Spain’s armed forces have recently placed a wide range of orders for vehicles, radios, ammunition, and other supplies and services, which are worth about EUR 250 million (currently $363 million) taken together.
In September 2005, “South Africa’s Denel Forced Into Strategic Shift” examined the changed business landscape for the firm, which was suffering from the collapse of its domestic arms market as a source of guaranteed funding, and a flood of red ink on its balance sheet. The turnabout has been slow, but the firm’s leadership has made it clear that global alliances and sub-contractor status, with a prime role in its domestic market, is the way forward for them.
One of the product groups Denel has always been known for is its artillery systems, which may be the best in the world. Their accurate G6 155mm howitzers continue to outrange all competitors, and the base-bleed ammunition technology they pioneered has become a widespread option for countries looking to extend the range of their existing artillery systems. Industrial partnerships with Rheinmetall and Diehl BGT Defence of Germany have led to orders to supply Germany’s 155mm howitzer and 120mm mortar ammunition, and partnerships have also been explored with General Dynamics in the USA.
Despite their difficulties winning international sales with a superior product, Denel isn’t quite ready to give up its artillery system crown jewels just yet. On the ammunition front, however, business partner Rheinmetall’s move to combine the 2 firms’ customer coverage and technologies has met with a warmer reception.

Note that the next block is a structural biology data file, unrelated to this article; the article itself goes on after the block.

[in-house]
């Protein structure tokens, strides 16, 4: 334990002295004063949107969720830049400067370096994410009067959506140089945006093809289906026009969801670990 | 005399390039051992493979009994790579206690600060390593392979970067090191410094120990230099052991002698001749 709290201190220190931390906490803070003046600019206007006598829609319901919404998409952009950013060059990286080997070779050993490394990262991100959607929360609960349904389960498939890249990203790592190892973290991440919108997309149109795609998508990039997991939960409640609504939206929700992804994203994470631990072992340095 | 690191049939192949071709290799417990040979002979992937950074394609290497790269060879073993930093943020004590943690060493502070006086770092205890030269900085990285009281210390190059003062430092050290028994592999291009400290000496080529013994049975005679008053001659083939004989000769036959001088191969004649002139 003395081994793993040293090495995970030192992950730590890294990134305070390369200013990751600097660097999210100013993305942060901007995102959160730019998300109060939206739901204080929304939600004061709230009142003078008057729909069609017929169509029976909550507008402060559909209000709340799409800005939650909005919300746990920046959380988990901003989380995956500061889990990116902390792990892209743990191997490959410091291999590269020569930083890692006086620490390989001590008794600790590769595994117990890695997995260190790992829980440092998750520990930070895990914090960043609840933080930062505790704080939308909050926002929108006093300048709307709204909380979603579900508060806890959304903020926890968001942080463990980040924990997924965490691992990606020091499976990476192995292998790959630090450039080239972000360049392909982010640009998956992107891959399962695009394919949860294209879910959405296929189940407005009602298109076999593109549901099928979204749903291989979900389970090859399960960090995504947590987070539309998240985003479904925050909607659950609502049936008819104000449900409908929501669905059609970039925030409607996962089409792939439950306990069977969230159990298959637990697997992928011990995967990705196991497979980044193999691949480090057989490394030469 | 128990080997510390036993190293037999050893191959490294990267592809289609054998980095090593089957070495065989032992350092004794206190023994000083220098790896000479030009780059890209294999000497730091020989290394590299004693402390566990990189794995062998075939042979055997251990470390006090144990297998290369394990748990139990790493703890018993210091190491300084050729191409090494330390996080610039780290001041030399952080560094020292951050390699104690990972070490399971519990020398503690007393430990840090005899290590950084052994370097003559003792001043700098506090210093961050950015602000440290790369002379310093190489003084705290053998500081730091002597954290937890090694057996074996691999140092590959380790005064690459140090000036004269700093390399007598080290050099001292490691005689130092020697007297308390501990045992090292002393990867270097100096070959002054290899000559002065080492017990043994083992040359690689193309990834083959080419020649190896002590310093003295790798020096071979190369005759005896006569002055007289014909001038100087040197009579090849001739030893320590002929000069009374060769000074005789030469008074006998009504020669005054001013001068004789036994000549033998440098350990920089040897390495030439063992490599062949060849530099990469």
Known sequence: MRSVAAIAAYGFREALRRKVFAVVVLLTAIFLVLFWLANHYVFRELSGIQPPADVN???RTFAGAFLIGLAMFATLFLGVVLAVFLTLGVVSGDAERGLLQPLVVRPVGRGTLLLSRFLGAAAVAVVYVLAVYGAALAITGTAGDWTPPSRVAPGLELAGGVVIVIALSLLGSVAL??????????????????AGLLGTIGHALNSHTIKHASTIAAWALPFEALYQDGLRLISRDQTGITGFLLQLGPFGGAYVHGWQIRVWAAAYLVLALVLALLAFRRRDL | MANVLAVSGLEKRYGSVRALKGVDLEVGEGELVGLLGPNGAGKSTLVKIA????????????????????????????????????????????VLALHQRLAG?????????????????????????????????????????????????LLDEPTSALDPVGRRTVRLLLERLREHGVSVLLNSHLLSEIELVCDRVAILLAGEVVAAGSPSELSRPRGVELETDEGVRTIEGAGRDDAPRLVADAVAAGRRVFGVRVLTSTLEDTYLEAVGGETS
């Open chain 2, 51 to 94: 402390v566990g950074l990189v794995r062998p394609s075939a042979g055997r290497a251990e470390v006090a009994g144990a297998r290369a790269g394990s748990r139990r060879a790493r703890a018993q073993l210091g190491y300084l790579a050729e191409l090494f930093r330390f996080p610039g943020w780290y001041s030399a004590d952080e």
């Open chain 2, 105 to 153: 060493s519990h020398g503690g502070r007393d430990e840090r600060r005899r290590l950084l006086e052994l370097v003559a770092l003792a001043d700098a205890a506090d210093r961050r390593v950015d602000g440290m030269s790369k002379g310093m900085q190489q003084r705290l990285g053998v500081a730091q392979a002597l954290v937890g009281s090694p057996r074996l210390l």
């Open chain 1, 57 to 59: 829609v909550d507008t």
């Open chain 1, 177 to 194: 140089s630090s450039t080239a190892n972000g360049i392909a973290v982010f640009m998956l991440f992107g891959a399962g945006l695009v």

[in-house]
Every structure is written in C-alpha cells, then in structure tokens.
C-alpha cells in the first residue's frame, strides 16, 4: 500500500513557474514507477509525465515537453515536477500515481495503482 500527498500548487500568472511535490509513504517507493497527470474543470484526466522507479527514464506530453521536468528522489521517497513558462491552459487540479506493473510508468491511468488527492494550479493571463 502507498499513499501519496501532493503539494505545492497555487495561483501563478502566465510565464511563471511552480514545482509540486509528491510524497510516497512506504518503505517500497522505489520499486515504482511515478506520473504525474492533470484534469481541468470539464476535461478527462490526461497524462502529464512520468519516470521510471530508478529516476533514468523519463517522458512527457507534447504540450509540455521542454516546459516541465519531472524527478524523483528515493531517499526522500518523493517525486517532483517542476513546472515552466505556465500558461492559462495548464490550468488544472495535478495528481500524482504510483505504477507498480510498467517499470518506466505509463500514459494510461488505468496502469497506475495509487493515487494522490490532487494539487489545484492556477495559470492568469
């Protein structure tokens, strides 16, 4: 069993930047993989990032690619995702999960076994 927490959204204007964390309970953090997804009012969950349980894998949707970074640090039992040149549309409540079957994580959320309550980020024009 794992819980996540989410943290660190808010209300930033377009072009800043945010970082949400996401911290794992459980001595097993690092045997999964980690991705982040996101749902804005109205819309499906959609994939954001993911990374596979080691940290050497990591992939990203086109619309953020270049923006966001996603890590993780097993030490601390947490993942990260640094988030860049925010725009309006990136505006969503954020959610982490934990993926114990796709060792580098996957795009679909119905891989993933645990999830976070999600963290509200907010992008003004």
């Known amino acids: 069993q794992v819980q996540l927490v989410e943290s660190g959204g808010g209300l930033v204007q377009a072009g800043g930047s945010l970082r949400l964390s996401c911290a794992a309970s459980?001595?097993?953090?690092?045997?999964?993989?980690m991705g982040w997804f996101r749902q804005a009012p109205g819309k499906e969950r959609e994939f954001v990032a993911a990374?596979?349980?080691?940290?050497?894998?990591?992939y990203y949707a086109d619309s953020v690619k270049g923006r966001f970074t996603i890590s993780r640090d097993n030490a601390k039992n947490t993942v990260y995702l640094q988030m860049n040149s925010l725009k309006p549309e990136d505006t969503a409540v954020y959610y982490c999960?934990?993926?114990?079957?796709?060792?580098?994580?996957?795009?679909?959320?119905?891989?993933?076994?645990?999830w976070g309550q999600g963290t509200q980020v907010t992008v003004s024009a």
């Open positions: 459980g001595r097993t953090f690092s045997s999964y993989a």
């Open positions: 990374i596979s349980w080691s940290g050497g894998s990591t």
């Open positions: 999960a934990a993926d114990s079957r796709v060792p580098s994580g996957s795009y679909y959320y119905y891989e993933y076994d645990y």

Some of the most famous and respected combat aircraft in Israel’s Cheyl Ha’Avir have never shot down an enemy plane, and never dropped a bomb. The C-130 Hercules (“Karnaf” or Rhino to the IAF) achieved fame by being the transport that carried Israeli troops into the heart of Africa, during the dramatic hostage rescue at Entebbe. Their 8 C-130E aircraft have been refurbished and given C-130H wings, and are up for sale. The remaining 10 aircraft, which include 4 KC-130 dual-role aerial refuelers, retain their customary roles.
Israel Aerospace Industries (IAI)’s Bedek Aviation Group has signed a 9 1/2 year contract with the Israeli Ministry of Defense (IMOD) to provide “comprehensive and continuous maintenance services to the Israel Air Force (IAF) Heavy Transport Aircraft Wing,” which is to say its C-130s, and possibly some of Israel’s 14 707-300 “Re’em” (Oryx) and “Phalcon” (AWACS variant) aircraft. IAI estimates that the total full value of these maintenance services could reach $170 million. Services will begin at both the IAF’s base and Bedek’s facilities, but eventually tall services will be provided on base. The base was not specified, but according to Scramble all IDF C-130s and 707s are based at Ben-Gurion/Lod, near Tel Aviv. IAI release.